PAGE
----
Design requirements of upper extremity supports for daily use in Duchenne muscular dystrophy with severe muscle weakness

Suzanne J. Filius*, Jaap Harlaar, Lonneke Alberts, Saskia Houwen-van Opstal, Herman van der Kooij, Mariska M. H. P. Janssen

*Corresponding author for this work

Research output: Contribution to journalArticleAcademicpeer-review

9 Downloads (Pure)

Abstract

BackgroundPeople with Duchenne muscular dystrophy (DMD) cope with progressive muscular weakness and consequential upper extremity function loss. They benefit from arm supports, or arm exoskeletons, to assist arm function. Especially for severe muscle weakness (DMD >= Brooke Scale 4), the design of such arm support is challenging. This study aims to structurally develop functional and technical design requirements of arm supports for people with DMD Brooke Scale 4.MethodsAn overview of clinical characteristics and a classification of clinically meaningful activities were derived from data from the Dutch Dystrophinopathy Database and available literature. Based on these, functional and technical design requirements of arm supports were developed and matched to the achievable needs of the user.ResultsFirst, the clinical characteristics of the target population, such as strength, range of motion, and functional ability, are given. Next, clinically relevant activities of daily living are translated to functional requirements categorised in a 'must,' 'should,' and 'could' category. Last, the technical requirements to realise these functional goals are presented.ConclusionsThe recommendations following from the functional user needs, technical requirements, and safety considerations can be used to make the development of assistive arm supports for people with DMD Brooke Scale 4 more user-centred.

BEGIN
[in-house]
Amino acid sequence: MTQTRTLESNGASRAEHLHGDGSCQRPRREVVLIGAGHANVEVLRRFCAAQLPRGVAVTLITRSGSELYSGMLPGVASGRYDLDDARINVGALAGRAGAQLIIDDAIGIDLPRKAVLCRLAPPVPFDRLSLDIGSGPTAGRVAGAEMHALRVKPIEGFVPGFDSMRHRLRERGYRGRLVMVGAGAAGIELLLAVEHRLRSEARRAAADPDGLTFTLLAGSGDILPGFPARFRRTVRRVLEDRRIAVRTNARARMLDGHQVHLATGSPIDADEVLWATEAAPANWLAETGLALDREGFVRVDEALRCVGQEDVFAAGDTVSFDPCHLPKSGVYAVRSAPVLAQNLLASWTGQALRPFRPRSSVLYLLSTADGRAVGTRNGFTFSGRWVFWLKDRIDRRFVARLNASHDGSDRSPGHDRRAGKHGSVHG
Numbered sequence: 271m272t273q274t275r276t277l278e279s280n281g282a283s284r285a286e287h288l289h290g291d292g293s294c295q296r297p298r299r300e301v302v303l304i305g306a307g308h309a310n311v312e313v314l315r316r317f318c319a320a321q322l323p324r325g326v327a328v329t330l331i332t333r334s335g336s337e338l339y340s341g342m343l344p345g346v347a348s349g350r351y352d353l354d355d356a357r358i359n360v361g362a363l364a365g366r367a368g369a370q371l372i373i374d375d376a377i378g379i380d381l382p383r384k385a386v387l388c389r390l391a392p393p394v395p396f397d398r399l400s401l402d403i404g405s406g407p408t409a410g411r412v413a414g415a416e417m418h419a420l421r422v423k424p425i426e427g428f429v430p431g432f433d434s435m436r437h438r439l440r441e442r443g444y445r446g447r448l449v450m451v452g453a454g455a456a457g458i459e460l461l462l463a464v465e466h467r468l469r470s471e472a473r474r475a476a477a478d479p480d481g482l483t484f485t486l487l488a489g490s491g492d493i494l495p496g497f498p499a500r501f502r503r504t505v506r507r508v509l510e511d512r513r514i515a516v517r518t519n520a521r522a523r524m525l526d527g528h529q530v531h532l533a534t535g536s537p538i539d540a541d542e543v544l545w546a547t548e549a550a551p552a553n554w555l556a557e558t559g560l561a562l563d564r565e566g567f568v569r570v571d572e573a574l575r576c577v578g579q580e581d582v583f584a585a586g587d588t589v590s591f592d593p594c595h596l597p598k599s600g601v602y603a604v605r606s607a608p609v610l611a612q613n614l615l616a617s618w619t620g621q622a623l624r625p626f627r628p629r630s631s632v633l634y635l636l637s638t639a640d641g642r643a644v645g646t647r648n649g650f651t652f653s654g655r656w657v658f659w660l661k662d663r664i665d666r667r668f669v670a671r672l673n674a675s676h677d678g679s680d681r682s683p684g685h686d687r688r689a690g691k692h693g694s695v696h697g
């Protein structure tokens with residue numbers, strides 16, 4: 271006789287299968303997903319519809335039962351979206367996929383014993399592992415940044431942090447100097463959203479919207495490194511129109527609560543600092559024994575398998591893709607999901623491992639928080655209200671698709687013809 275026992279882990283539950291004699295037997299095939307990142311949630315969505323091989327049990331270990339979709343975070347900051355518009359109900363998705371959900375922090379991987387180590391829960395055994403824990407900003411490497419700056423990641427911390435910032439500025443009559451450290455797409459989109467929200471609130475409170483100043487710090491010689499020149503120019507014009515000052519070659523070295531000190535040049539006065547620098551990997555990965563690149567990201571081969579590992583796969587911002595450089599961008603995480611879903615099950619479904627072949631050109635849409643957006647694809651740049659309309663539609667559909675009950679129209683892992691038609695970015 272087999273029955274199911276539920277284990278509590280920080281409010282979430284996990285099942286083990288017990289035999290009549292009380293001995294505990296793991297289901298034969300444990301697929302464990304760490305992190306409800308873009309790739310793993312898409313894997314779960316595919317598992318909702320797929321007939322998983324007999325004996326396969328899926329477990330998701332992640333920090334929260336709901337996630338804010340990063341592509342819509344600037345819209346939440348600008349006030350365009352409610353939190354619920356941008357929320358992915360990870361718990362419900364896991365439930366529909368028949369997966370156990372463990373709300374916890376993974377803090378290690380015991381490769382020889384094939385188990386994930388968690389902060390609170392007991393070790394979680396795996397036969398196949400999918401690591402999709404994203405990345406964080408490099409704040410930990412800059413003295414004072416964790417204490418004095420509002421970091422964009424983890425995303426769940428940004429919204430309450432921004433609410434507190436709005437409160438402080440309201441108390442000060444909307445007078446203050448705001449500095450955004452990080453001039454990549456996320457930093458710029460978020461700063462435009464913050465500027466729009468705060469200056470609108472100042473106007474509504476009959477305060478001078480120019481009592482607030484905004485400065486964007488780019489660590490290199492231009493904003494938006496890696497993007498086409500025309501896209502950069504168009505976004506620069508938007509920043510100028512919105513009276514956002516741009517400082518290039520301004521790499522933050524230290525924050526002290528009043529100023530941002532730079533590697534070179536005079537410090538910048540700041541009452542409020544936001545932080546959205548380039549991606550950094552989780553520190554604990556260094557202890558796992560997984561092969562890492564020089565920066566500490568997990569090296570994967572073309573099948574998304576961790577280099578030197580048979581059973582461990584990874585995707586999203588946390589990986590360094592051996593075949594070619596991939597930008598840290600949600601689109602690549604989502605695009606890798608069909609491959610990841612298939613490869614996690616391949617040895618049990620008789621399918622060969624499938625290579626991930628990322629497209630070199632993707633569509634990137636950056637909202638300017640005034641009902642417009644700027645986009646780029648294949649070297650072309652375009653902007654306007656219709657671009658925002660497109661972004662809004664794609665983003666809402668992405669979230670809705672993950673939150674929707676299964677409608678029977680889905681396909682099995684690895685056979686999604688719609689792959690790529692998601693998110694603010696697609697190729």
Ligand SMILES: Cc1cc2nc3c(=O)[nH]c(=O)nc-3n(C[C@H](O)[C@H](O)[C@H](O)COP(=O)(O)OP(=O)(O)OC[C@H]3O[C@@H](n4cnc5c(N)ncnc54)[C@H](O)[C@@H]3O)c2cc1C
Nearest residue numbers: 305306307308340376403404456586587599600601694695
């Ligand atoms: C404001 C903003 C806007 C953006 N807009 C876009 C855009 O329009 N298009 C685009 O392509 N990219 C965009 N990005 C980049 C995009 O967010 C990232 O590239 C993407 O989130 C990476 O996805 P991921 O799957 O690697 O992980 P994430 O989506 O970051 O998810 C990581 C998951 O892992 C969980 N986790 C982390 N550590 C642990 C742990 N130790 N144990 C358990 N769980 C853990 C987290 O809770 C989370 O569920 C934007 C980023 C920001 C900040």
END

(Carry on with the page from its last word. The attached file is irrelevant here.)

Original languageEnglish
Number of pages18
JournalJournal of Rehabilitation and Assistive Technologies Engineering
Volume11
DOIs
Publication statusPublished - 8 Feb 2024

Fingerprint

Dive into the research topics of 'Design requirements of upper extremity supports for daily use in Duchenne muscular dystrophy with severe muscle weakness'. Together they form a unique fingerprint.

Cite this